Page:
Emperor Mahama’s new clothes
“It is tough to run for public office and face an opponent, to decide on issues what is the best thing, then face the criticism from colleagues, voters, the press and defend yourself” ~Dick Durbin, Senior United States Senator from Illinois
What is John Dramani wearing? He is a gentleman who chooses his clothes carefully and polishes his shoes quite well. As Vice-President and later as President, it was difficult to identify him with a trademark attire, the way the Chinese neck was Kwame Nkrumah’s signature costume, and J.A Kufour, the double-breasted and stripped political suit. JM, as he was affectionately called, however, seemed to like the Batakari, perhaps, to identify with his Northern Ghana roots. The man was a cosmopolitan elite who had something (maybe charisma) that endeared him to both patricians and tribunes.
You know he would respond to your greetings if he was the neighbor next door, and he would honour your son’s fourth birthday celebration if you invited him. You wouldn’t say that about President Akufo-Addo. Besides Mahama’s liberal and latitudinal approach to things, his gentle and warm disposition won the hearts of the Ghanaian electorate until the NPP sewn the incompetent cloth for him. From then, it didn’t matter the attire he wore, he was naked like the emperor who was deceived by criminal-minded weavers.
“The Emperor’s New Clothes” is a classic political satire by Danish author, Hans Christian Anderson, about an emperor who was so consumed by his appearance that he wore a new coat every hour of the day. ‘The king is in his dressing room’ replaced any serious policy or governance activity he was involved in. Two weavers swindled him by promising to sew him a special garment that had the unique feature of being invisible to those unfit for their office, are stupid or incompetent. In the end, the emperor walked naked in imaginary beauty as his people cheered until a little boy shouted: “But he isn’t wearing anything at all.”
Since 1837 when the story was written, the phrase ‘The Emperor’s New Clothes’ has become a popular metaphor for any action (in governance) that portrays pretentiousness, pomposity, social hypocrisy, collective denial or ostentatiousness. During the 2016 elections, the Ghanaian electorate was overfed on an unhealthy cocktail of all these metaphors. There were weavers who were very close to President Mahama, pretending to sew him the best clothes. Like the emperor’s trusted counselors who didn’t want to look stupid, JM was made to believe that heavy investment in infrastructure was an enchanting substitute for perceived incompetence and corruption.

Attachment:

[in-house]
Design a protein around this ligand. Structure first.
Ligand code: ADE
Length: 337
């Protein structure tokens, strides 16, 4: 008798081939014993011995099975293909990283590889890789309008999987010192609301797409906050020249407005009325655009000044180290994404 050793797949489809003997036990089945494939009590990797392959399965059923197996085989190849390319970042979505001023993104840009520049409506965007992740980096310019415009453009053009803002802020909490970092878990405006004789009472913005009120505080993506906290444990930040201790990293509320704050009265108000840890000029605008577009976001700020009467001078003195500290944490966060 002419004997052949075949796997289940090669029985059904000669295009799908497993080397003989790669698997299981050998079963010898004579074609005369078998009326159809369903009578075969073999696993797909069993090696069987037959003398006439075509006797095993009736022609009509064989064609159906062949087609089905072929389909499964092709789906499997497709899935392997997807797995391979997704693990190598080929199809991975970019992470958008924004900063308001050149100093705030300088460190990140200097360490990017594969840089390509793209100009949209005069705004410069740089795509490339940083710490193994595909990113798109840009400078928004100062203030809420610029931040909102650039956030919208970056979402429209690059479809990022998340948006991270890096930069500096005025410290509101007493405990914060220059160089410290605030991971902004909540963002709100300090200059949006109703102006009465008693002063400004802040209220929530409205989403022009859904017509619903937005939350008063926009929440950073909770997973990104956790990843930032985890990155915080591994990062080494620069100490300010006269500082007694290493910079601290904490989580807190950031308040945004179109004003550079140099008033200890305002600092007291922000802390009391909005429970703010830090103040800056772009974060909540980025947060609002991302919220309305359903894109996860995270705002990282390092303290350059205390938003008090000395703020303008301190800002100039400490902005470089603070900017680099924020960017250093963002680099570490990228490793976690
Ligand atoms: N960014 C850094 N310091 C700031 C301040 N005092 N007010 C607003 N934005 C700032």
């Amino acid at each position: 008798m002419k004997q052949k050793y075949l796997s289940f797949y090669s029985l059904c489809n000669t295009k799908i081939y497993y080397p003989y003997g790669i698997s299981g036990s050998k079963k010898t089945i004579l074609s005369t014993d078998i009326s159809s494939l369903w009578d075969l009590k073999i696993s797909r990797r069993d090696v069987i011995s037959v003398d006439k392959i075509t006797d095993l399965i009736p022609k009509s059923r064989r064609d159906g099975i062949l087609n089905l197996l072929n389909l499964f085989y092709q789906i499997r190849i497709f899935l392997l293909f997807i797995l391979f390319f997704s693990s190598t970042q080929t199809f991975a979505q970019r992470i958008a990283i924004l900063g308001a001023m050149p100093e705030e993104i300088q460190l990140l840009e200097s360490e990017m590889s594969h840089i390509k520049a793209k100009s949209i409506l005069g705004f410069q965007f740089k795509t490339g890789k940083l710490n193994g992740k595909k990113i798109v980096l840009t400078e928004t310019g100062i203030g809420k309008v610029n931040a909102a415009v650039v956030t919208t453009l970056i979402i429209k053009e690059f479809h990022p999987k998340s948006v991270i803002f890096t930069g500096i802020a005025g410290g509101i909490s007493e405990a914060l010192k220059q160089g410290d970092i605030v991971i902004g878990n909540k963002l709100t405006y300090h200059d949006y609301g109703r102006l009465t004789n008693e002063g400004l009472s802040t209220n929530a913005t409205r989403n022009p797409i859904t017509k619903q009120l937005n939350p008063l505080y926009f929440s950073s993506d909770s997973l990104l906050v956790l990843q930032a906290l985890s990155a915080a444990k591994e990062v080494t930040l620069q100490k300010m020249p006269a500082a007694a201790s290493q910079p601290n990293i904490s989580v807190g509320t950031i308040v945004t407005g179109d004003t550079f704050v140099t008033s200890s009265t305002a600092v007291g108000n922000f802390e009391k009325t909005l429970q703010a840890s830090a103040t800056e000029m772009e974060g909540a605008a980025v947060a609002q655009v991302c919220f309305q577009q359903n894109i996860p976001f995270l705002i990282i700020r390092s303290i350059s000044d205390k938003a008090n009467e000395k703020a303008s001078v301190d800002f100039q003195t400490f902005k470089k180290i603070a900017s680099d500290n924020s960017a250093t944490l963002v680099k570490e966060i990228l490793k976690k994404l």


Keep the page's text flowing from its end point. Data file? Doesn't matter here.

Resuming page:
The Green Book
Similarly, the NDC believed that the peace-loving and incorruptible nature of former President John Atta-Mills would compensate for his perceived ineffectual leadership. You loved Mills but you felt you needed to see more of him. JJ Rawlings wanted to feel and taste the power in him. Being a good man is not enough for high public office. You are either good, damn good or really damn good. Often, being really damn good is very good.
As President, John Mahama was a bit like his Green Book. You didn’t know whether to believe him or not. The Book was to Mahama what the new garment was to the ostentatious and narcissistic emperor. Party communicators brandished it with ‘careful abandon’ as answers to every political and economic mishap. Meanwhile, the problems festered. You wondered the kind of garments his weavers made for him.